Id. at 600, 637 A.2d at 270-71 (quotations and citations omitted); Commonwealth v. Bostick, 958 A.2d 543, 557 (Pa. Super. 2008). Moreover, this Court has observed that, "the Commonwealth must present clear and convincing evidence that the circumstances surrounding the opportunity to search were truly exigent, [] and that the exigency was in no way attributable to the decision by police to forego seeking a warrant." Commonwealth v. Rispo, 487 A.2d 937, 940 (Pa. Super. 1985) (quoting Commonwealth v. Davis, 411 A.2d 250, 252 (Pa. Super. 1979)).

¶ 8 In this case, a balancing of the Roland factors demonstrates a lack of exigency for a warrantless search of Lee's property. The gravity of the offense was low, as the police were investigating a report of property damage at the time of the intrusion. The officers had no reason to believe that any occupants of the house were armed or posed any danger to anyone, as the crime involved was not a violent one. There is no evidence in the record to indicate that the occupants of the house were even aware of the presence of the police outside, and thus there was no reason for the officers to think that destruction of evidence was imminent or that a suspect might escape if not apprehended quickly before a warrant could be obtained. Finally, the officers searched Lee's property at night and the entry was peaceable.

¶ 9 The Commonwealth does not dispute that Lee had a reasonable expectation of privacy in the area behind his residence where the pickup truck was parked. Appellee's Brief at 5. Accordingly, lacking any exigent circumstances, the police officers should have obtained a search warrant before continuing their investigation onto the curtilage of Lee's property. By failing to do so, they violated Lee's constitutional rights to be free from unreasonable searches and seizures.

¶ 10 The trial court denied Lee's suppression motion on the theory of "hot pursuit", relying primarily on our decision in Commonwealth v. Peters, 915 A.2d 1213 (Pa. Super. 2007), affirmed, --- A.2d ----, 2009 WL 413738 (Pa., Feb 19, 2009). Trial Court Opinion, 4/10/08, at 2-3. In Peters, this Court determined that a police officer had the authority to make an arrest outside of his jurisdiction pursuant to section 8953(a)(2) of the Municipal Police Jurisdiction Act ("MPJA"), 42 Pa.C.S.A. § 8951 et seq. Section 8953(a)(2) permits a municipal police officer to go beyond the territorial limits of his primary jurisdiction if in "hot" or "fresh" pursuit of a person. In Peters, we concluded that section 8953(a)(2) was applicable because the officer in that case "chased Appellant from one scene to the next" and "continuously pursued Appellant without interruption" until the appellant was apprehended in a neighboring municipality. Id. at 1219-20 (emphasis in original).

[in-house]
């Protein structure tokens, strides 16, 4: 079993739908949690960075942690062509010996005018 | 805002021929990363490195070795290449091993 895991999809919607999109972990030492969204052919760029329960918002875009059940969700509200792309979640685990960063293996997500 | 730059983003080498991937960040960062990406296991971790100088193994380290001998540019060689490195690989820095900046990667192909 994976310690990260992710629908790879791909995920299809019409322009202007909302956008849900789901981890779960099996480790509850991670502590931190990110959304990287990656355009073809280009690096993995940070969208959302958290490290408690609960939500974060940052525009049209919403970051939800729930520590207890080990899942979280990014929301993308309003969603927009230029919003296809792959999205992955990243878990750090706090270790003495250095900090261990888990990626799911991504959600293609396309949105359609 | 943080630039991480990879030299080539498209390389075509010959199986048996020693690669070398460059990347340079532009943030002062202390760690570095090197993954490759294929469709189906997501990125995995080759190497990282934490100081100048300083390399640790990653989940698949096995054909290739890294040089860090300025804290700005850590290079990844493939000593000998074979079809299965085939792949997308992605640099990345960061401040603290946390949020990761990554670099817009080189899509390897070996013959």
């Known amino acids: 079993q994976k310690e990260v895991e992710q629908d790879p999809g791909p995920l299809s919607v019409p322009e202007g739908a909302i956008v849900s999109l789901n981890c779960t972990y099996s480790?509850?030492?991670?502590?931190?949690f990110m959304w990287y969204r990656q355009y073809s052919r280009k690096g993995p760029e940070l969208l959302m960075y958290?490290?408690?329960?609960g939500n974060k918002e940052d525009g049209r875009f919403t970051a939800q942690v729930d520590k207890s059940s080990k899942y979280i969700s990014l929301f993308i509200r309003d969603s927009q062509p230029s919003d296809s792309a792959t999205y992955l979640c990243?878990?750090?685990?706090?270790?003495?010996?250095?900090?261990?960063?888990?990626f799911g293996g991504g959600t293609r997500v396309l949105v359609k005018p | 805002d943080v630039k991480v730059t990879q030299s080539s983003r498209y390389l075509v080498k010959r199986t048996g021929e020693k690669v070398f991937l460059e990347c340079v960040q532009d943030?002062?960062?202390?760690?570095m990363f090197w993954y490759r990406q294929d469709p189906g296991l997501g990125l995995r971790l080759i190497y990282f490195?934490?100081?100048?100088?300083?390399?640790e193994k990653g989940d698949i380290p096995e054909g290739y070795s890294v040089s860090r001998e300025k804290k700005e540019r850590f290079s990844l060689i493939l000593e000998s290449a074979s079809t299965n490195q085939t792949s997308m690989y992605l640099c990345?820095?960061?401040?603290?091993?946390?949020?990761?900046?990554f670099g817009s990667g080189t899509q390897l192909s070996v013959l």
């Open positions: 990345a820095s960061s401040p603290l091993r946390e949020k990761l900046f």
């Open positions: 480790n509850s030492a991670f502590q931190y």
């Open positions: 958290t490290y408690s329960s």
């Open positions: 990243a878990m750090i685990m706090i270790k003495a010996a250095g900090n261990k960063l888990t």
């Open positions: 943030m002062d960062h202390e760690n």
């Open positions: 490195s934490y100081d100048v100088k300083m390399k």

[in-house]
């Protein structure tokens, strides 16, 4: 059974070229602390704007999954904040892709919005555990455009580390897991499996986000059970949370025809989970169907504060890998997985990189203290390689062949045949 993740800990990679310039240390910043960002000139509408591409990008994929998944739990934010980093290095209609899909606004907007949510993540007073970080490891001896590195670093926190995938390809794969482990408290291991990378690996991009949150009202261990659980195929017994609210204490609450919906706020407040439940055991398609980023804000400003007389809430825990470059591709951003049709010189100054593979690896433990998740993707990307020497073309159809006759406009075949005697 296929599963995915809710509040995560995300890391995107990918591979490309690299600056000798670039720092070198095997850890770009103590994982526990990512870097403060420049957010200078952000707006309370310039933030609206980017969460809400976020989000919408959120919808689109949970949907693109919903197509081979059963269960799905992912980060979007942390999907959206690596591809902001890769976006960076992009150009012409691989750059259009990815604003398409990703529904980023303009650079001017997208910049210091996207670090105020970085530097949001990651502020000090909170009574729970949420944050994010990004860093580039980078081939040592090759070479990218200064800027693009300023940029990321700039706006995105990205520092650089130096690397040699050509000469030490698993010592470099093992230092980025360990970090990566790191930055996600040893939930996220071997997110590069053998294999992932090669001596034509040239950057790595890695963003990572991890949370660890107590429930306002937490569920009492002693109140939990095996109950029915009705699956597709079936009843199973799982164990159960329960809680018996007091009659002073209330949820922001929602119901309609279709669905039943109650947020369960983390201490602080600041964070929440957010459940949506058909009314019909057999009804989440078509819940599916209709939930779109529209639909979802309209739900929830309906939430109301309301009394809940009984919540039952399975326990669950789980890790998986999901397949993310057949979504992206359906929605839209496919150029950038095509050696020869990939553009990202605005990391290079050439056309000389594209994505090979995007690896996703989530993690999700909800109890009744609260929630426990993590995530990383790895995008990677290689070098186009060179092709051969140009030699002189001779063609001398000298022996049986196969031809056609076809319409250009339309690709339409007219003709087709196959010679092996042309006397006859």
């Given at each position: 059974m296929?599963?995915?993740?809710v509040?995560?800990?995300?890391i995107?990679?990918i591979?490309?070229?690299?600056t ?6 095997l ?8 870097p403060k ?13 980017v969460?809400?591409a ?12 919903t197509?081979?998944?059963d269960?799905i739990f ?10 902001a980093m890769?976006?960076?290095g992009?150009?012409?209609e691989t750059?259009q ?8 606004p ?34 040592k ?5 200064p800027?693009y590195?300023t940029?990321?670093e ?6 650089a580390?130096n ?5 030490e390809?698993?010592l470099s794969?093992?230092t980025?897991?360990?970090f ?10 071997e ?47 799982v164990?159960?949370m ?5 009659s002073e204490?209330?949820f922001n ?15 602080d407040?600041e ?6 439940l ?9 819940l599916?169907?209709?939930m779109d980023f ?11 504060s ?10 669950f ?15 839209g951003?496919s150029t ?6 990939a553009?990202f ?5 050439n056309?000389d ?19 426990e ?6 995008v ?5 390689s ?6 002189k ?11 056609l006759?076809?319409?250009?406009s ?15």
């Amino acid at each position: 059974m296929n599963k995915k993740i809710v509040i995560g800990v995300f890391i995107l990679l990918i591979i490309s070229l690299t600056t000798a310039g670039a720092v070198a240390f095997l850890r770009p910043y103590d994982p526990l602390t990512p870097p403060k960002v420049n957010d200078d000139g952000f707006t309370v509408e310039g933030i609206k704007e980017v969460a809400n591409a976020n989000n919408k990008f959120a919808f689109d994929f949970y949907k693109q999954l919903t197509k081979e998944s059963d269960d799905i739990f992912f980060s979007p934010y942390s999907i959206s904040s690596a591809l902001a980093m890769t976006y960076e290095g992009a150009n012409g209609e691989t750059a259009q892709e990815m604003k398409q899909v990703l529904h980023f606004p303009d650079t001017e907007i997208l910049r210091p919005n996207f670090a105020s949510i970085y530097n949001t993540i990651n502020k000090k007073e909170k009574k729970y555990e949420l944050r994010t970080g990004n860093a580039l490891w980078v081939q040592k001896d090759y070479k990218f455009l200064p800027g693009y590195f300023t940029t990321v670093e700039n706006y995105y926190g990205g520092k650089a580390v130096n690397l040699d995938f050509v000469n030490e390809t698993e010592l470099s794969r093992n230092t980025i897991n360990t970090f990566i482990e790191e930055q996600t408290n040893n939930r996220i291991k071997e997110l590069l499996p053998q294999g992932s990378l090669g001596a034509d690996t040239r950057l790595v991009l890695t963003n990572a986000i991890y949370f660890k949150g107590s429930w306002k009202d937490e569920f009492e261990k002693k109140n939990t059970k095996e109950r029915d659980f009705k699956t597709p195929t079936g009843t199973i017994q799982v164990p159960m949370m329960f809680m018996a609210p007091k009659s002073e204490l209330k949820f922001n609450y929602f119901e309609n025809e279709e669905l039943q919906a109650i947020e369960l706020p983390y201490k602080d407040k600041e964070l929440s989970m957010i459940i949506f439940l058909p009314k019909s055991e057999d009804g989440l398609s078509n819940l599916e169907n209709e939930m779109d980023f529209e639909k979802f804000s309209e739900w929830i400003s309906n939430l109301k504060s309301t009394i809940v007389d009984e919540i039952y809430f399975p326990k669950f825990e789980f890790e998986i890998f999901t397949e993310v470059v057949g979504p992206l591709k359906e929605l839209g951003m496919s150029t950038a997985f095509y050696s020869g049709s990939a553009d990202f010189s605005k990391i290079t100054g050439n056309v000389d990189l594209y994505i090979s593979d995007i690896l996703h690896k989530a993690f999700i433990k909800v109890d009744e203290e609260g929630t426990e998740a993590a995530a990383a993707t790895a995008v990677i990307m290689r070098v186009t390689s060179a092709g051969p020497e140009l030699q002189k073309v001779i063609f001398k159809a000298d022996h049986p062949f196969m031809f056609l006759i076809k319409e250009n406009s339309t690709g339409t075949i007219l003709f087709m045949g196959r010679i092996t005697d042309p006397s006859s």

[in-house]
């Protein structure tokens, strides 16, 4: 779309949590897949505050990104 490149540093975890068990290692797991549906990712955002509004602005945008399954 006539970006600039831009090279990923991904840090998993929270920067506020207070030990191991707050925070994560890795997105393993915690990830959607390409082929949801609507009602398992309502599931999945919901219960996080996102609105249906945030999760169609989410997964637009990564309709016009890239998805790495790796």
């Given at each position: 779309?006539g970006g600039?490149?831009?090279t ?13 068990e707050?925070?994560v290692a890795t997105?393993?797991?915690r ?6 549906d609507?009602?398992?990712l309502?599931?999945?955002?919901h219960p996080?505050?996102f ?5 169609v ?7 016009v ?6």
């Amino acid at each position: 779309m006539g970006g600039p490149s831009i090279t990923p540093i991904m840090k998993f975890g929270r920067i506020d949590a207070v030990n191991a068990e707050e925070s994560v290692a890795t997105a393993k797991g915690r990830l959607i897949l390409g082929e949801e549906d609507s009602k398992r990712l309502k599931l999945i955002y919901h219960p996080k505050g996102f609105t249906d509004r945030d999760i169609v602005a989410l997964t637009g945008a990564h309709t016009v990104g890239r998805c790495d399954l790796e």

¶ 11 The trial court's reliance on Peters in this case was misplaced, as what constitutes "hot" or "fresh" pursuit under section 8953(a)(2) of the MPJA is not coextensive with "hot pursuit of a fleeing felon" for purposes of an analysis of the scope of individual constitutional rights under the Fourth Amendment and Article I, section 8. This Court has held that the MPJA is not to be strictly construed, but rather must be liberally interpreted to promote the interests of justice and public safety. Commonwealth v. Lehman, 582 Pa. 200, 204, 870 A.2d 818, 820 (2005); Commonwealth v. McGrady, 685 A.2d 1008, 1009 (Pa. Super. 1996). In significant contrast, "hot pursuit of a fleeing felon" sufficient to create exigent circumstances for constitutional purposes requires a showing that "the need for prompt police action is imperative, either because the evidence sought to be preserved is likely to be destroyed or secreted from investigation, or because the officer must protect himself from danger. . Rispo, 487 A.2d at 939 (quoting Commonwealth v. Holzer, 480 Pa. 93, 102, 389 A.2d 101, 106 (1978)).

¶ 12 For example, in Warden, Maryland Penitentiary v. Hayden, 387 U.S. 294 (1967), police entered a private residence after reports that an armed robbery had taken place and that the suspect had just entered the premises less than five minutes before police arrived. Under these circumstances, the United States Supreme Court concluded as follows:

The Fourth Amendment does not require police officers to delay in the course of an investigation if to do so would gravely endanger their lives or the lives of others. Speed here was essential, and only a thorough search of the house for persons and weapons could have insured that Hayden was the only man present and that the police had control of all weapons which could have been used against them or to effect an escape.

Id. at 298-99; see also Commonwealth v. Dommel, 885 A.2d 998, 1005 (Pa. Super. 2005) (where police followed a DUI suspect to his home and saw him enter the house, "hot pursuit" exception permitted immediate entry to arrest him), appeal denied, 591 Pa. 722, 920 A.2d 831 (2007); Commonwealth v. Grundy, 859 A.2d 485, 288-89 (Pa. Super. 2004) (police permitted to enter a "chop shop" immediately because "[i]f the police had taken the time to first seek a warrant, the Nissan would have been in parts and junk by the time they got back.").

¶ 13 No such exigent circumstances existed in this case. The police officers were not in hot pursuit of a fleeing felon, and the record does not reflect that there was any significant threat of either destruction of evidence or danger to anyone if the police officers had first obtained a search warrant before entering onto Lee's private property. As a result, the entry by police was illegal and all evidence seized in violation of Lee's constitutional rights should have been suppressed. See, e.g., Commonwealth v. Johnson, 474 Pa. 512, 520, 379 A.2d 72, 75 (1977) ("Evidence obtained in violation of an individual's right to be free from unreasonable searches and seizures cannot be used against him at trial.").

¶ 14 Judgment of sentenced vacated. Case remanded for new trial. Jurisdiction relinquished.